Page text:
• Michael Knock

Azerbaijan & Georgia - 20 Day Explorer (Virtual Tour) - Day 20

We were due to be heading to Aerbaijan & Georgia @ this time of year, however, COVID-19 restrictions have required us to suspend all tours for the rest of 2020.

On this virtual Tour, you can travel with us as we explore two emerging countries - Azerbaijan & Georgia. On this Tour, we fly into Baku, Azerbaijan and out of Tbilisi, Georgia and bus, hike & funicular our way around these amazing cultures.

Day 20/21 Batumi - Tbilisi

Our last few days in Georgia were with a city tour of Batumi and a free afternoon/ evening that gave everyone a chance for some last minute wandering/wondering, shopping and cramming in as much great Georgian food as possible.

The following morning we packed up for the trip to Tbilisi but stopped on the way at the Makhuntseti Waterfall & Bridge. The Makhuntseti Waterfall is located 30 kilometres from Batumi. It is considered to be one of the most beautiful waterfalls in Georgia, which is 50 metres high and creates a large pool where visitors can swim. Near the waterfall, there is the bridge of King Tamar, also known as the Makhuntseti Bridge, which dates from the 12th century although it has been refurbished several times.

We had about 6 hours of driving in front of us but we stopped frequently to take in the sights.

Our planned stops are:

Poti, Samtredia & Zestafoni. All of these stops are in towns with significant historical & cultural features that will have to be more fully explored our our next tour.

There are a few options to travel from Batumi to Tbilisi including:

Fly - approx 1 hr flight (+45 minutes from Airport to Tbilisi) with Georgian Airlines. They operate 9 aircraft to 15 international and numerous domestic destinations. They have a good reputation for safety & reliability, are the Georgian flag carrier and operate executive services on behalf of the Government.

Georgian Railways operate 3 services/ day between Batumi & Tbilisi. Cost is up to AUD$20 and takes @ 5 hours. Georgian Railways now operates Swiss-made Stadler electric trains capable of speeds up to 160km/h.

Georgian Metro operates 4 services/day to Tbilisi, cost is up to AUD$15 and takes 6.5 hours. These are modern, Wi-Fi & toilet equipped buses and the road is pretty good although the driver does have to keep an eye out for local hazards.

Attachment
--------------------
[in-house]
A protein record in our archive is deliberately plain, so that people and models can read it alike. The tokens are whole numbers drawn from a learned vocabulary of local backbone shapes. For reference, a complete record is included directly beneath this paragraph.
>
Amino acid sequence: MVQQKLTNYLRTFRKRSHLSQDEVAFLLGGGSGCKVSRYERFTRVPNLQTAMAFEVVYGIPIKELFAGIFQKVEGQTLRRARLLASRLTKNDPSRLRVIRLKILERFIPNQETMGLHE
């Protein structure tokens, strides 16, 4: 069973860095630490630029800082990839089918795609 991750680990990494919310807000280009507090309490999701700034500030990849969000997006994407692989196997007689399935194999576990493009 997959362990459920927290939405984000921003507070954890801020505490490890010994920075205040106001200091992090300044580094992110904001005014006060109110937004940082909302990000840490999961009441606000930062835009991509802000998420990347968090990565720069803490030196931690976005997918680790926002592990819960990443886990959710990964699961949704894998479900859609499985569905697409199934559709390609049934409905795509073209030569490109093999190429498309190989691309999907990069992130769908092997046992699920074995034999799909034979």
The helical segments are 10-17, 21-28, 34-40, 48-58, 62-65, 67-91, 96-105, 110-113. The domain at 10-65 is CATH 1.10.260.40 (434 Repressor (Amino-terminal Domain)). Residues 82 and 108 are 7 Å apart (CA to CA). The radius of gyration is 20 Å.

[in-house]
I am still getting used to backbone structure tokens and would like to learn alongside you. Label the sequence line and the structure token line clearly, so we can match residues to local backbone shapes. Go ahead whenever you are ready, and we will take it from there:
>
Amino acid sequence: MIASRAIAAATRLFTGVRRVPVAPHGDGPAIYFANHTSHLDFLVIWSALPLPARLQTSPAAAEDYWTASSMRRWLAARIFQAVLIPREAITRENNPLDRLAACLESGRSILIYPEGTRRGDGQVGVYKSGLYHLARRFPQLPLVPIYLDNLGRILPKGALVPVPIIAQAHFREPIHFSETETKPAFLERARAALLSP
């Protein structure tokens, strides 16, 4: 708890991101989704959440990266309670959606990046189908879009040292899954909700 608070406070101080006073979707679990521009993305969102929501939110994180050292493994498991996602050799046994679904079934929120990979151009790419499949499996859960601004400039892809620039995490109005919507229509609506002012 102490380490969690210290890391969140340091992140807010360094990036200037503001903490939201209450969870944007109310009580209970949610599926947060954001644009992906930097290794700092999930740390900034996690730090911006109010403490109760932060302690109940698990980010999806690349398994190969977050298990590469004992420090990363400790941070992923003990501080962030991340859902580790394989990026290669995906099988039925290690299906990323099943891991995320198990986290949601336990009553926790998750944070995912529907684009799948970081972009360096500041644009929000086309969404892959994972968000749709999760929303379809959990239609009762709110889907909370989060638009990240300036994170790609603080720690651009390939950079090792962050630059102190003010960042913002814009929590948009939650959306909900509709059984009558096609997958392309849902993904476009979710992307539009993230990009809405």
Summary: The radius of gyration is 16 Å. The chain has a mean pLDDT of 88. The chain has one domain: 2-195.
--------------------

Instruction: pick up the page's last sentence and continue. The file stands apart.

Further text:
As mentioned, we were not in a huge hurry to get to Tbilisi so arranged a number of stops between Batumi & Tbilisi:

Poti - Poti is only 50 minutes from Batumi, is a major seaport (and headquarters of the Georgian Navy), located in the Rioni river delta on the Black Sea coast, 340 kilometres from Tbilisi. The city ranks second (after Batumi) in the country among the other ports in maritime traffic. In the neighborhood there is Lake Paliastomi, within the boundaries of Kolkheti National Park. It boasts a unique species of flora and fauna, in particular relic liana forests, strictly prohibited for logging by law.

An interesting and unique landmark in the proximity of Poti is the Magnetic Sands of Ureki (24km from Poti). These magnetic black sands feature amazing healing properties for cardiovascular, nervous, respiratory and skeletal systems. They are also used in the treatments of hypertension and neurosis. We didn't get a chance to test this out - perhaps next time.

Samtredia - not far up the E60 is the city of Samtredia. Samtredia is a very beautiful area and is a major transport hub for road & rail being located in a valley. There are a number of interesting cultural monuments including the Church Of The Blessed Virgin Mary in Vazisubani, the ruins of the XI-XII centuries Telepisi Fortress, the Church of St. George in Gamochinebuli, the Church of Jiktubani and a house-Museum of Niko Nikoladze (a notable 19th century Georgian writer).

Zestafoni/Zestaponi - is both a major industrial/mining town and a recognised wine growing area. Whilst we only managed a comfort stop here (and to stock up on khachapuri (cheese pies) and water for the remaining 190 kms into Tbilisi.

The rest of our trip into Tbilisi was interesting as we had not previously travelled this way. Next time, it would be really interesting to take the train from Batumi as you travel a slightly different route and can see different things from a different perspective.

Our final night in Georgia was back at the Hotel Oriental and, as a treat, we had arranged our final dinner at the Shavi Lomi (Black Lion) restaurant. This restaurant is renown for its chakapuli - a beef & wild plum bouillon - and other Georgian specialties.

Tbilisi - our tour to Azerbaijan & Georgia finished up today with our transfer to the Shota Rustaveli Tbilisi International Airport, located some 17km/25 minutes southeast of the city.

After another extraordinary breakfast, we trekked out to the airport for our 12:40pm Qatar flight to Doha (QR356). This flight arrived at 14:45pm (local time) and our next flight (Doha - Sydney) was not until 07:55am the following morning. This gave us a chance for a quick tour of Doha city and an early night to ease into our 14hour flight to Sydney (QR906). This flight was onboard one of Qatar's latest Airbus A350-1000 aircraft - a stretch version of the A350-900 - 7 metres longer and with seating for up to 40 additional passengers. A trip report on the Doha Stopover & review of the Qatar A35K/A351 flight will follow soone.

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